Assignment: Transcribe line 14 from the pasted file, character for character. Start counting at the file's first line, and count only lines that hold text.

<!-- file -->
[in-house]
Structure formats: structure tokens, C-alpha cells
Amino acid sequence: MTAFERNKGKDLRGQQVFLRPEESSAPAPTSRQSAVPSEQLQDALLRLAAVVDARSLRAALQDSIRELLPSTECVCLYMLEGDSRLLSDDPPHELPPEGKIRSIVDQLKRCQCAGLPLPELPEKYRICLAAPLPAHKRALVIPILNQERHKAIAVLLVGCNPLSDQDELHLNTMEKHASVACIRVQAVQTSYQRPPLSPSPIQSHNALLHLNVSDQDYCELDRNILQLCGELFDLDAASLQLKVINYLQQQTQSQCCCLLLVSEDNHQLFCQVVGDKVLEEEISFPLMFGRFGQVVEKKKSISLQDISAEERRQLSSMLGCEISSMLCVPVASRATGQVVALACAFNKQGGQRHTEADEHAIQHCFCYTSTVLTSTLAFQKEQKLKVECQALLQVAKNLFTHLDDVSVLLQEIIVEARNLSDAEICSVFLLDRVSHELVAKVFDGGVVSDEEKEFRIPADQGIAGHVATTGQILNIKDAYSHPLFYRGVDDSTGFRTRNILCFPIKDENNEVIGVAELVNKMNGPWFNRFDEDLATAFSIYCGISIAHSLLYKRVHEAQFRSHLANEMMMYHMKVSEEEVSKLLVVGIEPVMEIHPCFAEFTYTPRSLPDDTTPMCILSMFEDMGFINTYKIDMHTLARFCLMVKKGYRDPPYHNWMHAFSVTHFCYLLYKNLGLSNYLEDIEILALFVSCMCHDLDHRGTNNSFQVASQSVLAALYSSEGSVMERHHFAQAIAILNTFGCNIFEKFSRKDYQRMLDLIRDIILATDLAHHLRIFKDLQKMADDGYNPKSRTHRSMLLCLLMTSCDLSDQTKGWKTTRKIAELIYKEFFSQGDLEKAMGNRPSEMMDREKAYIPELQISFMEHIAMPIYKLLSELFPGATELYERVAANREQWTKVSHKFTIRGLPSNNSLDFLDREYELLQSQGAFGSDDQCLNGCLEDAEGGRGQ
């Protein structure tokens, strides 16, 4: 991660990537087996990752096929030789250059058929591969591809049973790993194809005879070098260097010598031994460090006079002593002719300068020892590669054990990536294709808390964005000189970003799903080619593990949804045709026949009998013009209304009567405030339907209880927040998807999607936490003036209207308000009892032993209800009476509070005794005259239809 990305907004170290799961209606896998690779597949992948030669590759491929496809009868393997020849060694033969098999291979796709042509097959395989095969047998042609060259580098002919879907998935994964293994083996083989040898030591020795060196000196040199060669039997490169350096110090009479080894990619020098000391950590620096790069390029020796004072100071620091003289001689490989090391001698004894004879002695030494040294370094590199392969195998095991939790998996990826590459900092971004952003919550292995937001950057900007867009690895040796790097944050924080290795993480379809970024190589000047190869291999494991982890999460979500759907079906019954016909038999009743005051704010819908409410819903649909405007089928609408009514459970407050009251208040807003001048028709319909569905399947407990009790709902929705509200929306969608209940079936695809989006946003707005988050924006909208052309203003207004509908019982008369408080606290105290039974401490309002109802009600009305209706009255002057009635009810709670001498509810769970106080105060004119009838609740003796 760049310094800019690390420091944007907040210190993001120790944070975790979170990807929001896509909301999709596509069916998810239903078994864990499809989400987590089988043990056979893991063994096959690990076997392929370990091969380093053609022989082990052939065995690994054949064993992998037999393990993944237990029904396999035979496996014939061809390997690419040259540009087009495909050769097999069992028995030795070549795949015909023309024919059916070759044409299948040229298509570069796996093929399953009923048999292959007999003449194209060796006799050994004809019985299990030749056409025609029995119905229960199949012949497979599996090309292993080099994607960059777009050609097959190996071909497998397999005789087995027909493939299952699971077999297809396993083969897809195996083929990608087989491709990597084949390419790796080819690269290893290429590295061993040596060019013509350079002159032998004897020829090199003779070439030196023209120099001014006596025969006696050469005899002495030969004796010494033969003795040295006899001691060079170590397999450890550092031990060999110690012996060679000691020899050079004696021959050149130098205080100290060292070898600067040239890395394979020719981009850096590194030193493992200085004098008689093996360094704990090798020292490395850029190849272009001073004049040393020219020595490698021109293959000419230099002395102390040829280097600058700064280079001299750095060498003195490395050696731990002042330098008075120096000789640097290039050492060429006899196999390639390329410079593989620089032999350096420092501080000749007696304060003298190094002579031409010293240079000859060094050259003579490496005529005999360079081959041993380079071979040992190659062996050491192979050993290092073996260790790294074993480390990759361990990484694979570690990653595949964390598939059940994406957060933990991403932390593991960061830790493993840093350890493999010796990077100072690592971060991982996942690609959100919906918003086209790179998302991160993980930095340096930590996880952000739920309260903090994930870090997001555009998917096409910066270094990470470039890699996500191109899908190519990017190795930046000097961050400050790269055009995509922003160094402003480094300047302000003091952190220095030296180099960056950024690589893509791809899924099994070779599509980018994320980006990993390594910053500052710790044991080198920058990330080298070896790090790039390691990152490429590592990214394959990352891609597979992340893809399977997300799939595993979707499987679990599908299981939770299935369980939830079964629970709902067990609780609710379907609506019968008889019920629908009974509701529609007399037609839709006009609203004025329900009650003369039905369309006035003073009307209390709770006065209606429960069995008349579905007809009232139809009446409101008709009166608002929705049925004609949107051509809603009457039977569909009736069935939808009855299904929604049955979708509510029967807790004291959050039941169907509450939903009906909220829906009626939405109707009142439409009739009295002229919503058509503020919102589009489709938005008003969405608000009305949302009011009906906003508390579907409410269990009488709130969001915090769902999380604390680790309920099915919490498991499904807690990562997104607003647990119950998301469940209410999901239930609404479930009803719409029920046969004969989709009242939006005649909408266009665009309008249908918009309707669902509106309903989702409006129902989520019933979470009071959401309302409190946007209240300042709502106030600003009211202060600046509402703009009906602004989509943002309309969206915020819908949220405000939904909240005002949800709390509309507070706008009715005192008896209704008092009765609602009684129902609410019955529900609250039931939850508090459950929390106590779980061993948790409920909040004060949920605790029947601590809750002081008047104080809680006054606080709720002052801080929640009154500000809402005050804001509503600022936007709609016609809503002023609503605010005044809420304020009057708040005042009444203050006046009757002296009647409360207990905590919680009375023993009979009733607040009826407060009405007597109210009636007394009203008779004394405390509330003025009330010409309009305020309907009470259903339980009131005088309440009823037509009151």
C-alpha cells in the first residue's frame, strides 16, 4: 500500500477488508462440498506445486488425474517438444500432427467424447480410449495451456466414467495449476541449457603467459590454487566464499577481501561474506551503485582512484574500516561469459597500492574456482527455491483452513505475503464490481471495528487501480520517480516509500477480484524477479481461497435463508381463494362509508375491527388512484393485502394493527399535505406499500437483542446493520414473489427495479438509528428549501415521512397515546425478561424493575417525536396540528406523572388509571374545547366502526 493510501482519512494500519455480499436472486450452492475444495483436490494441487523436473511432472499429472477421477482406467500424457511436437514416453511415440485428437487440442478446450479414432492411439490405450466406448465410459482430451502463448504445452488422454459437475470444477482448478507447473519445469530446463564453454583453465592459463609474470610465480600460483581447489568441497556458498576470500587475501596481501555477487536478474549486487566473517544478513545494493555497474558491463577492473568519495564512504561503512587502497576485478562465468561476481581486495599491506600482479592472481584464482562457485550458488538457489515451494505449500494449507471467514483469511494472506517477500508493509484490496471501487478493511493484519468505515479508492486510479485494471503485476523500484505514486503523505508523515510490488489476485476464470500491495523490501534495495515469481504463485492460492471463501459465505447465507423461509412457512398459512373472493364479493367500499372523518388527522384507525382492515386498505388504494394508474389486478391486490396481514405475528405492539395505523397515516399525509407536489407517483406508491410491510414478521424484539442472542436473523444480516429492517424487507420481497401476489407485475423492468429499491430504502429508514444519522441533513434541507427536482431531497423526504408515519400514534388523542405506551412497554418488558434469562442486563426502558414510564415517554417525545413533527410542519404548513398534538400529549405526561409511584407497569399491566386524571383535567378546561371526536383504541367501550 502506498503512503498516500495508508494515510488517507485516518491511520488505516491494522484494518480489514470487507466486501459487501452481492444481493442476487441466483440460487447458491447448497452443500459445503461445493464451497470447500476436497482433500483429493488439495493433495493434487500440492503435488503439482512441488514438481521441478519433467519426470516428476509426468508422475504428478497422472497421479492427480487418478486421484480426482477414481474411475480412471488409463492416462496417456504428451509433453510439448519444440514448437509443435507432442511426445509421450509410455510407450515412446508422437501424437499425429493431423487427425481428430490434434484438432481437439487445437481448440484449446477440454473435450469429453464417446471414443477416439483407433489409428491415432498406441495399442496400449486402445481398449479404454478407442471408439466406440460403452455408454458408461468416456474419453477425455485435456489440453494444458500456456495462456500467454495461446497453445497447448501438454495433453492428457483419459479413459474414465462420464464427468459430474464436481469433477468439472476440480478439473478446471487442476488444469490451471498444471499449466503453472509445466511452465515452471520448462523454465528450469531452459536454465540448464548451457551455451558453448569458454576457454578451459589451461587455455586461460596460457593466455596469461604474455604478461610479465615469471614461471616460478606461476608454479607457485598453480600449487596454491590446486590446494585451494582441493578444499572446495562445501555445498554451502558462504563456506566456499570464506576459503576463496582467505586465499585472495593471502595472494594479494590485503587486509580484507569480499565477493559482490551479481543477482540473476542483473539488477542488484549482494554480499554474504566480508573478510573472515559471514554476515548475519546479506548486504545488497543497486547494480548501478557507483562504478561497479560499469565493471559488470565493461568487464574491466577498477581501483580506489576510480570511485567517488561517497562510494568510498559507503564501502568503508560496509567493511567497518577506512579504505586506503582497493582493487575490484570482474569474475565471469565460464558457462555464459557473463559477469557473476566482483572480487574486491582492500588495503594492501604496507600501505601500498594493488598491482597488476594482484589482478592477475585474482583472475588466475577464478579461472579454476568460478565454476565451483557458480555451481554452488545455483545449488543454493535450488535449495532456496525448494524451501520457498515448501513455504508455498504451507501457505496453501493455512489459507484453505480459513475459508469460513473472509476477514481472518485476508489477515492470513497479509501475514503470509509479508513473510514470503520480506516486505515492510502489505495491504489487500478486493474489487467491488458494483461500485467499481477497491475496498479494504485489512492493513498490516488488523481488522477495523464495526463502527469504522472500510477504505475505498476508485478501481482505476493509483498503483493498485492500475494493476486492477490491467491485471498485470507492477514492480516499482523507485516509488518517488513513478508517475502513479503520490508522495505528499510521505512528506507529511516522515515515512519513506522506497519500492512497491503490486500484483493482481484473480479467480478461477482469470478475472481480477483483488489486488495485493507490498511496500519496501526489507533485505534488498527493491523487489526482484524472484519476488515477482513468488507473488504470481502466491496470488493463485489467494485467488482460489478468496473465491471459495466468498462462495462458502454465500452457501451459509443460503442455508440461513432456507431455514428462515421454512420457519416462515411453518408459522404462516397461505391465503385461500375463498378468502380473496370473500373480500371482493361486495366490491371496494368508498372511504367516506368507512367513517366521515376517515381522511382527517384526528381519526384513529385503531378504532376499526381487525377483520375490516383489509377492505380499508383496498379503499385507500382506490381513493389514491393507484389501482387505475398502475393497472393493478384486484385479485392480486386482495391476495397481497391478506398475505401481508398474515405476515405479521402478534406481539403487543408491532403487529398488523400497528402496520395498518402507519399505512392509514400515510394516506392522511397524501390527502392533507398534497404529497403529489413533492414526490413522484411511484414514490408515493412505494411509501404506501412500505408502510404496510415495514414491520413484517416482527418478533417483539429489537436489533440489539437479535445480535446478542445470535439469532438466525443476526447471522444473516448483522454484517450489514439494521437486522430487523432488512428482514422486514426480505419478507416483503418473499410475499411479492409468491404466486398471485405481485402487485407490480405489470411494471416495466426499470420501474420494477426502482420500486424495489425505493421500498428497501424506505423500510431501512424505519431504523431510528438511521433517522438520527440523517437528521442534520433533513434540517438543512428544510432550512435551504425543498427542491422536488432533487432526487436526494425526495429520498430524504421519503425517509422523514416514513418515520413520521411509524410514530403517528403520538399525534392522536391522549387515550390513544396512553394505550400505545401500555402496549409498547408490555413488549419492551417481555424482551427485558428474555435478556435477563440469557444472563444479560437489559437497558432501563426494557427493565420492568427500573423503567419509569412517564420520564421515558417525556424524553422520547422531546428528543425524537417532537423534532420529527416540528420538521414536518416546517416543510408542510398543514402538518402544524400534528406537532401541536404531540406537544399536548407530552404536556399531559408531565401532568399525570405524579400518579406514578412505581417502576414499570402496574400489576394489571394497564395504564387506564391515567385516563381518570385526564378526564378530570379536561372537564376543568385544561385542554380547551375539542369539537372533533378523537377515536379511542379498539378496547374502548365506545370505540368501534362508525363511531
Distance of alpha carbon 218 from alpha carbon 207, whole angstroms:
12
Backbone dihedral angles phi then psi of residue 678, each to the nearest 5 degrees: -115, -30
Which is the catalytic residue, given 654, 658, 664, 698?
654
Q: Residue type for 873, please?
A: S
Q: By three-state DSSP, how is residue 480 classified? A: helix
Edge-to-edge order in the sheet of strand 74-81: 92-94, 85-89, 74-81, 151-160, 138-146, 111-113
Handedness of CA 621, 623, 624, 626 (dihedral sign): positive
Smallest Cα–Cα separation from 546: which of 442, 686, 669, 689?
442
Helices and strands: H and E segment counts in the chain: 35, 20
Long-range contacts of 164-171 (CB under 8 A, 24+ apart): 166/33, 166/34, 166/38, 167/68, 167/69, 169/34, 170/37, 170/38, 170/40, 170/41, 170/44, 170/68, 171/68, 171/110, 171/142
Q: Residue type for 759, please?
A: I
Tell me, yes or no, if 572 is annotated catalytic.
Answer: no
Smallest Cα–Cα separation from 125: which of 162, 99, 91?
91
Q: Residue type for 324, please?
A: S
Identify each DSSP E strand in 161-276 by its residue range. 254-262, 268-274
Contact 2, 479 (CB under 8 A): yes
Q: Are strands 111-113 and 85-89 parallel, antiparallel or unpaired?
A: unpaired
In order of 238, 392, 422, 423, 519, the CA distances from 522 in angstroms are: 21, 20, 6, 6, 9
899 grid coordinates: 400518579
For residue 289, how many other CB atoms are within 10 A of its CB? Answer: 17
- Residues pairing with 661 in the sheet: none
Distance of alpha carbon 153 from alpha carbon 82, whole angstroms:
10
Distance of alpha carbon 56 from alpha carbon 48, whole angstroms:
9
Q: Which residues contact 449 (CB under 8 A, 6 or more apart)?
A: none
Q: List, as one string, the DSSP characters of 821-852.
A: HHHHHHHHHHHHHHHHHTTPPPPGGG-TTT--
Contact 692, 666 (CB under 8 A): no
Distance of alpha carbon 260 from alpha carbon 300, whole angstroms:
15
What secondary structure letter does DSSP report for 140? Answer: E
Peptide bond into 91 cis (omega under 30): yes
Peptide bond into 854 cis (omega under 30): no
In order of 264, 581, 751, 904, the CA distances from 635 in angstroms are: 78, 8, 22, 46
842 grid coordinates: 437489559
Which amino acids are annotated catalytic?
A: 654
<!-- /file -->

Edge-to-edge order in the sheet of strand 74-81: 92-94, 85-89, 74-81, 151-160, 138-146, 111-113